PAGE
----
TOPEKA, Kan. — Kansas lawmakers moved Tuesday to extend protections for businesses from lawsuits over COVID-19, while a prominent critic of Democratic Gov. Laura Kelly said the state's vaccine distribution has improved in recent weeks.
The Republican-controlled Legislature is considering several measures arising out of the pandemic or Democratic Gov. Laura Kelly's response to it. The Senate Judiciary Committee approved a bill that would give businesses an extra year of protection, until March 31, 2022, from lawsuits from customers or employees who contract COVID-19 if those businesses were "in substantial compliance" with public health orders.
The measure goes next to the Senate, which also was debating a bill [kslegislature.org] to require all of the state's local school districts to offer in-person classes to all of their students by March 26. Only a handful of the state's 286 districts don't plan to have a majority of their students back in classrooms by then, according to State Department of Education data.
The debates over those measures and others rewriting the state's emergency management laws come amid ongoing COVID-19 inoculations. Some Republican legislators contend that distribution of vaccines is going too slowly, pointing to federal Centers for Disease Control and Prevention Data ranking Kansas near the bottom of states for doses administered per 100,000 residents.
Kelly and state Department of Health and Environment officials contend that reporting issues have led the number of doses administered to be underreported and the department is working to fix that problem. Senate President Ty Masterson, an Andover Republican, said the distribution had been a "colossal disaster" but lawmakers are getting fewer complaints now.
"You can only go up from the bottom," he said. "I think things are at least trending in the right direction, but I would still contend that's the only direction it could go," he said.
Legislators last year enacted a law to protect health care providers from being sued over medical decisions they made during the pandemic. They also protected adult care homes that followed state rules and public health directives and manufacturers that provided personal protective or medical equipment.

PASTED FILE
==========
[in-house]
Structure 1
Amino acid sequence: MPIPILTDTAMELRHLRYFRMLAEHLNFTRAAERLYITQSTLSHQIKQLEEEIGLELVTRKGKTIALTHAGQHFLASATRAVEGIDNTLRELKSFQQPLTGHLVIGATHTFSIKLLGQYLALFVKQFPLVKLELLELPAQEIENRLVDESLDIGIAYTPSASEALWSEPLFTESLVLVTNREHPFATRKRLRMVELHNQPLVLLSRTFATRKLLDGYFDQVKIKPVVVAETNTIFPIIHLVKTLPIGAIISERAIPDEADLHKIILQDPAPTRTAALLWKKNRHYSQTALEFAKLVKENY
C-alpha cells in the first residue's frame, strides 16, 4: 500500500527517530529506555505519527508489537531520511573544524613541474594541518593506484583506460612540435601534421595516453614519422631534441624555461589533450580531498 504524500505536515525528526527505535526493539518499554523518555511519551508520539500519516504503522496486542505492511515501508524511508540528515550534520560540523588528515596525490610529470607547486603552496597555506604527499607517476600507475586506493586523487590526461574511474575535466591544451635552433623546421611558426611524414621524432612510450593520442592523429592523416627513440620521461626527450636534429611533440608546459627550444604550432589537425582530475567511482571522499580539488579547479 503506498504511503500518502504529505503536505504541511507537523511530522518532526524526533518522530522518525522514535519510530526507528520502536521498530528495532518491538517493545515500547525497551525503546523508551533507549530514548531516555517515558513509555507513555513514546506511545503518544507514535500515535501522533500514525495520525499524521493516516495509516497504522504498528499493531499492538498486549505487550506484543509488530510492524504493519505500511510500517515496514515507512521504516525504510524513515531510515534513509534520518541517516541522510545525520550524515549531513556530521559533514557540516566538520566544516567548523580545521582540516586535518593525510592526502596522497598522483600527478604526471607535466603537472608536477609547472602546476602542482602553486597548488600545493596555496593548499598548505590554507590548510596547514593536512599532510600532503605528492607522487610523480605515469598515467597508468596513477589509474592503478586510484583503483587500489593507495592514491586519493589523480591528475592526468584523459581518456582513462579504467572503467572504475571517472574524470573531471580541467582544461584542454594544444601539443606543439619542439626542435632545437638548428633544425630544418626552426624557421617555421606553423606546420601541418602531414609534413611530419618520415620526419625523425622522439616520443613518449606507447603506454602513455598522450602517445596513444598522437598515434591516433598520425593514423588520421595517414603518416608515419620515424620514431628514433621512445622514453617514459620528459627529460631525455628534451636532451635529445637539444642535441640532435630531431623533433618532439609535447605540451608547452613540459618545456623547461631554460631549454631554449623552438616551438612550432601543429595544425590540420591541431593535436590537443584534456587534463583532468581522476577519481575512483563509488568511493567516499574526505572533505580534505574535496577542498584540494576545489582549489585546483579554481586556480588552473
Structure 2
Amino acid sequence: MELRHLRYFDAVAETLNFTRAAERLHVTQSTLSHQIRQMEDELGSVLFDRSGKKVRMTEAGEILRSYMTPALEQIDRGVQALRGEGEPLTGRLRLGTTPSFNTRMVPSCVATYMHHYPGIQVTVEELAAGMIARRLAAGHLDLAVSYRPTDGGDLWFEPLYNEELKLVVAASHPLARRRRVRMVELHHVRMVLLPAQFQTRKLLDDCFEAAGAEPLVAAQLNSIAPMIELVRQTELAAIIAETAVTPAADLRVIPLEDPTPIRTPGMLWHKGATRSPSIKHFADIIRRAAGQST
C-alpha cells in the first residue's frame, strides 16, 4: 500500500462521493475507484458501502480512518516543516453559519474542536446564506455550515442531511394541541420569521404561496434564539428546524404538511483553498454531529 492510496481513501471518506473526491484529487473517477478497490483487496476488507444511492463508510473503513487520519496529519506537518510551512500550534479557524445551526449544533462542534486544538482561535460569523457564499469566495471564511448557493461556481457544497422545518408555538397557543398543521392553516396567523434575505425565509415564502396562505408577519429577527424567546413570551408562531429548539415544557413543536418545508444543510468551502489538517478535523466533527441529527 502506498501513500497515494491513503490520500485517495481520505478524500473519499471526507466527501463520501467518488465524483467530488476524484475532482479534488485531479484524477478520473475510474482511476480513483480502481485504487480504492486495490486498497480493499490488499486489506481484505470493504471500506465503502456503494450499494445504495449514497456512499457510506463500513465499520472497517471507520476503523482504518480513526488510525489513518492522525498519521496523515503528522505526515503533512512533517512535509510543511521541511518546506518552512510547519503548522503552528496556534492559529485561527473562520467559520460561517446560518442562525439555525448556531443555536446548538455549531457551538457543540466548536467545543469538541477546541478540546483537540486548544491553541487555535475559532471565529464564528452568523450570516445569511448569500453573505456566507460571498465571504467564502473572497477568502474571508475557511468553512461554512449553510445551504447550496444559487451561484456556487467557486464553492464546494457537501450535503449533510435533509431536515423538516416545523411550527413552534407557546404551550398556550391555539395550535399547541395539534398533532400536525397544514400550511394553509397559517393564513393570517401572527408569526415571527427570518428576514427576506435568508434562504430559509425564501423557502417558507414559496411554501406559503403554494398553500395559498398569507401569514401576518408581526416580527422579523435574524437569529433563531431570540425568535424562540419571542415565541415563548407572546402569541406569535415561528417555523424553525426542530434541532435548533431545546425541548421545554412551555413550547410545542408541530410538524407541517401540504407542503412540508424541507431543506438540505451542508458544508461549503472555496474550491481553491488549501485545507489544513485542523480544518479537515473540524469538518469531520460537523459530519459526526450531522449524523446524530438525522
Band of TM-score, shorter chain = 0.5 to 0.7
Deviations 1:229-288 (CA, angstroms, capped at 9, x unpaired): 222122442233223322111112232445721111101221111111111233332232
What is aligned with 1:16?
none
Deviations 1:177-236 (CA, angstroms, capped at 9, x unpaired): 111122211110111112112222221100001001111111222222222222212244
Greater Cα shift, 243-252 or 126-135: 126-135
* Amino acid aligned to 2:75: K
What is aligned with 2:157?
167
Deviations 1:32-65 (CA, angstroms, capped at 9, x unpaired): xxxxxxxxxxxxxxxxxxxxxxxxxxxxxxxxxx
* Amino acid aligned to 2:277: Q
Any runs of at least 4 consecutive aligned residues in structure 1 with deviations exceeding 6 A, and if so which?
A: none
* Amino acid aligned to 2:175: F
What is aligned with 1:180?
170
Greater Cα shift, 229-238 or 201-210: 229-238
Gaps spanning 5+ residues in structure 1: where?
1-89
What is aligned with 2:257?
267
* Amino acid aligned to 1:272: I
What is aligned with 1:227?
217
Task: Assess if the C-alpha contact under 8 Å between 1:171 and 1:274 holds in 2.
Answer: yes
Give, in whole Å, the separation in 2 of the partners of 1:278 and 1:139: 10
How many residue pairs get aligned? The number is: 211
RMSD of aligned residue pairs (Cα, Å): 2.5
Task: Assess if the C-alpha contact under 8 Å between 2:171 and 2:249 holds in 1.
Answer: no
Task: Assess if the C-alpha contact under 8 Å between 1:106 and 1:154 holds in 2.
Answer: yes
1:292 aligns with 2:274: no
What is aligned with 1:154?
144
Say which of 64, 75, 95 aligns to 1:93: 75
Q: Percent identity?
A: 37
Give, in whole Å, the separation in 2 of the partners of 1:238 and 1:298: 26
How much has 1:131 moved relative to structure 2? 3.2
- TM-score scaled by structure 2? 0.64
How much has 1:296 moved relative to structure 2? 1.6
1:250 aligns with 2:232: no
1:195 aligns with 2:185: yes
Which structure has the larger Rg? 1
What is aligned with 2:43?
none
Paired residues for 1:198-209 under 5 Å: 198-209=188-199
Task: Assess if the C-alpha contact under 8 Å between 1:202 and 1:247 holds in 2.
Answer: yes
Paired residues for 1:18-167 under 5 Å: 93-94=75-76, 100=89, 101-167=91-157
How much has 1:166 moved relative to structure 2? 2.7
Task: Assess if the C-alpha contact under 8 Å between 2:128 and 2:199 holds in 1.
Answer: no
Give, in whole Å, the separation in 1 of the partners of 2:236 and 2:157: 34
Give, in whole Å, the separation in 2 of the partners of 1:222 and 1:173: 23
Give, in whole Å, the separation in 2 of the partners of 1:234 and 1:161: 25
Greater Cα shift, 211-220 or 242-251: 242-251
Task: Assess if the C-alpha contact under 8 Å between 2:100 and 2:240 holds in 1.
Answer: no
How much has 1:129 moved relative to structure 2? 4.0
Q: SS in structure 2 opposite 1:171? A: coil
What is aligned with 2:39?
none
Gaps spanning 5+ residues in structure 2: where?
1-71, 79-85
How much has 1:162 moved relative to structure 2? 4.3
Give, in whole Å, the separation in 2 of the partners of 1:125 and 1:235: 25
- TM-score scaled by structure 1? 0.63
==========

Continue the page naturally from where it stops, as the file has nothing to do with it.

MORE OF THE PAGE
But the general protection from lawsuits for stores, restaurants, bars and other businesses is due to expire March 31. Supporters of the Senate Judiciary Committee's bill said extending the protection another year will give lawmakers time to see how many cases arise.
Eric Stafford, a lobbyist for the influential Kansas Chamber of Commerce, said the group hasn't heard of any cases, but, "If COVID never goes away, we would prefer that the liability protection never goes away."
Some attorneys and lawmakers argued last year that the protections provided by the Legislature and could shield some bad behavior. However, the Senate committee's measure did not immediately inspire opposition.
Meanwhile, the Department of Health and Environment continued to face scrutiny over the distribution of vaccines. A CDC report [covid.cdc.gov] Tuesday ranked Kansas 46 among states for its per capital administration of doses, at 21,609 per 100,000 residents.
The CDC said at least 444,176 Kansas residents have received at least one of two required vaccine doses, or 15.2% of the state's 2.9 million residents.
Those numbers are higher than figures reported Monday by the state health department, but the CDC also reports Kansas as receiving more doses. Both put the percentage of doses administered at about 72.5%.
"The data files we are getting as of last week will help us dig in and find out where the discrepancies are happening between the various (reporting) systems," said state health department spokeswoman Ashley Jones-Wisner in a text to The Associated Press.
Some Republican legislators question the department's explanation of reporting problems, and Democratic state Rep. Louis Ruiz, of Kansas City, suggested there have been communication problems between the state and local officials
But Rep. Rui Xu, a Westwood Democrat, sees the problem as a short supply across the nation.
"Demand is far outstripping supply right now," Xu said. "As far as I'm aware, we are getting the vaccine out as soon as we're getting it, and that's all the state can do."
Some GOP lawmakers criticized Kelly for closing K-12 school buildings in March 2020 until the end of the spring semester, and a bill approved Monday [kslegislature.org] by the Senate would allow only local schools boards to cancel in-person classes.
The bill advanced Tuesday in the Senate, requiring in-person classes by March 26, is Masterson's proposal. According to State Department of Education data, only five local districts were not planning to have a majority of their students returning to in-person classes by that date.